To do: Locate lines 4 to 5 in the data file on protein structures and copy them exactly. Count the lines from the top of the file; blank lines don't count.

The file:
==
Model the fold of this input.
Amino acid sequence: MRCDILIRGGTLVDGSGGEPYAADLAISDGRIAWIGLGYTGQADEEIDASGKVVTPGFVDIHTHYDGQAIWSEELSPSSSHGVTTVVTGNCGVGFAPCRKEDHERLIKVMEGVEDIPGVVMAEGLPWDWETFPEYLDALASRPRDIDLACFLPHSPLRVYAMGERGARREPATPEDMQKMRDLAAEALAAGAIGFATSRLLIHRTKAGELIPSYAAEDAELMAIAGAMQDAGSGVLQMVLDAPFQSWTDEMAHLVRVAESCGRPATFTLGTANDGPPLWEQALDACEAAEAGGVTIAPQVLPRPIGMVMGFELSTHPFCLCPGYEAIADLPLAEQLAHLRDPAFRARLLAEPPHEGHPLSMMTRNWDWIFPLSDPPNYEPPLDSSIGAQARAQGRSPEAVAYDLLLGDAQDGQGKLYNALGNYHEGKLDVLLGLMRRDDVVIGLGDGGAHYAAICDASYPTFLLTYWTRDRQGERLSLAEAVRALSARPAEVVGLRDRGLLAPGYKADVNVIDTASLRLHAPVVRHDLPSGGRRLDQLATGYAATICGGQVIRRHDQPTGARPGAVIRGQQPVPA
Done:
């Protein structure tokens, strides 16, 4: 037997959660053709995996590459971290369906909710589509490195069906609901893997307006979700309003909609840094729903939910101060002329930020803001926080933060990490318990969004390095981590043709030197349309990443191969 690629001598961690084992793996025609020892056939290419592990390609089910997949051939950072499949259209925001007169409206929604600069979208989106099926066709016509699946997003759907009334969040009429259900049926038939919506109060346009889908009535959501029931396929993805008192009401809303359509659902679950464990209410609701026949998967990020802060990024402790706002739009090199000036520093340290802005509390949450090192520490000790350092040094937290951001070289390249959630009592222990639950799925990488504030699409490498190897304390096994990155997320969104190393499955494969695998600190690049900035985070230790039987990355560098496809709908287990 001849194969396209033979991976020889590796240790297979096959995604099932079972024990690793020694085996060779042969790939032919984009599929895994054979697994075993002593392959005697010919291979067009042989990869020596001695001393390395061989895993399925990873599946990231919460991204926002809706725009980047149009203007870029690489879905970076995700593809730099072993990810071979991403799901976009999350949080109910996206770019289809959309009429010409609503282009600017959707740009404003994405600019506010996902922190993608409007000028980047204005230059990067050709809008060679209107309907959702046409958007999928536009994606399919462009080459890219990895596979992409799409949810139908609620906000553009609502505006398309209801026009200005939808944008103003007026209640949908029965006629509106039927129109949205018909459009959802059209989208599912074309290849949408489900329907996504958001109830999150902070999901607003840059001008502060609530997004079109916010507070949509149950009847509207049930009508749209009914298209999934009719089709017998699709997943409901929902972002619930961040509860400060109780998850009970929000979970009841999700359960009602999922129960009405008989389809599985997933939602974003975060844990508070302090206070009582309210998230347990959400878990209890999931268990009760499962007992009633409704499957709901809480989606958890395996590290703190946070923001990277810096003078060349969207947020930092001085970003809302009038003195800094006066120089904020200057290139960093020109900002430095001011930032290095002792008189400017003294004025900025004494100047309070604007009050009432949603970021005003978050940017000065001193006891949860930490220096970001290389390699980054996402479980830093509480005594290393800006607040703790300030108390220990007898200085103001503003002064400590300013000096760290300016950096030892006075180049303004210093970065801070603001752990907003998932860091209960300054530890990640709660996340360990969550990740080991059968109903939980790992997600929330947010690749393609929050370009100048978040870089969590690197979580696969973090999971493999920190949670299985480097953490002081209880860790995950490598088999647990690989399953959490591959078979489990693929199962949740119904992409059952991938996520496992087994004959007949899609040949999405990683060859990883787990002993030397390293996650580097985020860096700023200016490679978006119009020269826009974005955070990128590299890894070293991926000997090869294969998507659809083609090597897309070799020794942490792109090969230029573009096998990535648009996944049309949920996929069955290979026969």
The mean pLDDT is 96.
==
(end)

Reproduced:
């Protein structure tokens, strides 16, 4: 037997959660053709995996590459971290369906909710589509490195069906609901893997307006979700309003909609840094729903939910101060002329930020803001926080933060990490318990969004390095981590043709030197349309990443191969 690629001598961690084992793996025609020892056939290419592990390609089910997949051939950072499949259209925001007169409206929604600069979208989106099926066709016509699946997003759907009334969040009429259900049926038939919506109060346009889908009535959501029931396929993805008192009401809303359509659902679950464990209410609701026949998967990020802060990024402790706002739009090199000036520093340290802005509390949450090192520490000790350092040094937290951001070289390249959630009592222990639950799925990488504030699409490498190897304390096994990155997320969104190393499955494969695998600190690049900035985070230790039987990355560098496809709908287990 001849194969396209033979991976020889590796240790297979096959995604099932079972024990690793020694085996060779042969790939032919984009599929895994054979697994075993002593392959005697010919291979067009042989990869020596001695001393390395061989895993399925990873599946990231919460991204926002809706725009980047149009203007870029690489879905970076995700593809730099072993990810071979991403799901976009999350949080109910996206770019289809959309009429010409609503282009600017959707740009404003994405600019506010996902922190993608409007000028980047204005230059990067050709809008060679209107309907959702046409958007999928536009994606399919462009080459890219990895596979992409799409949810139908609620906000553009609502505006398309209801026009200005939808944008103003007026209640949908029965006629509106039927129109949205018909459009959802059209989208599912074309290849949408489900329907996504958001109830999150902070999901607003840059001008502060609530997004079109916010507070949509149950009847509207049930009508749209009914298209999934009719089709017998699709997943409901929902972002619930961040509860400060109780998850009970929000979970009841999700359960009602999922129960009405008989389809599985997933939602974003975060844990508070302090206070009582309210998230347990959400878990209890999931268990009760499962007992009633409704499957709901809480989606958890395996590290703190946070923001990277810096003078060349969207947020930092001085970003809302009038003195800094006066120089904020200057290139960093020109900002430095001011930032290095002792008189400017003294004025900025004494100047309070604007009050009432949603970021005003978050940017000065001193006891949860930490220096970001290389390699980054996402479980830093509480005594290393800006607040703790300030108390220990007898200085103001503003002064400590300013000096760290300016950096030892006075180049303004210093970065801070603001752990907003998932860091209960300054530890990640709660996340360990969550990740080991059968109903939980790992997600929330947010690749393609929050370009100048978040870089969590690197979580696969973090999971493999920190949670299985480097953490002081209880860790995950490598088999647990690989399953959490591959078979489990693929199962949740119904992409059952991938996520496992087994004959007949899609040949999405990683060859990883787990002993030397390293996650580097985020860096700023200016490679978006119009020269826009974005955070990128590299890894070293991926000997090869294969998507659809083609090597897309070799020794942490792109090969230029573009096998990535648009996944049309949920996929069955290979026969």
The mean pLDDT is 96.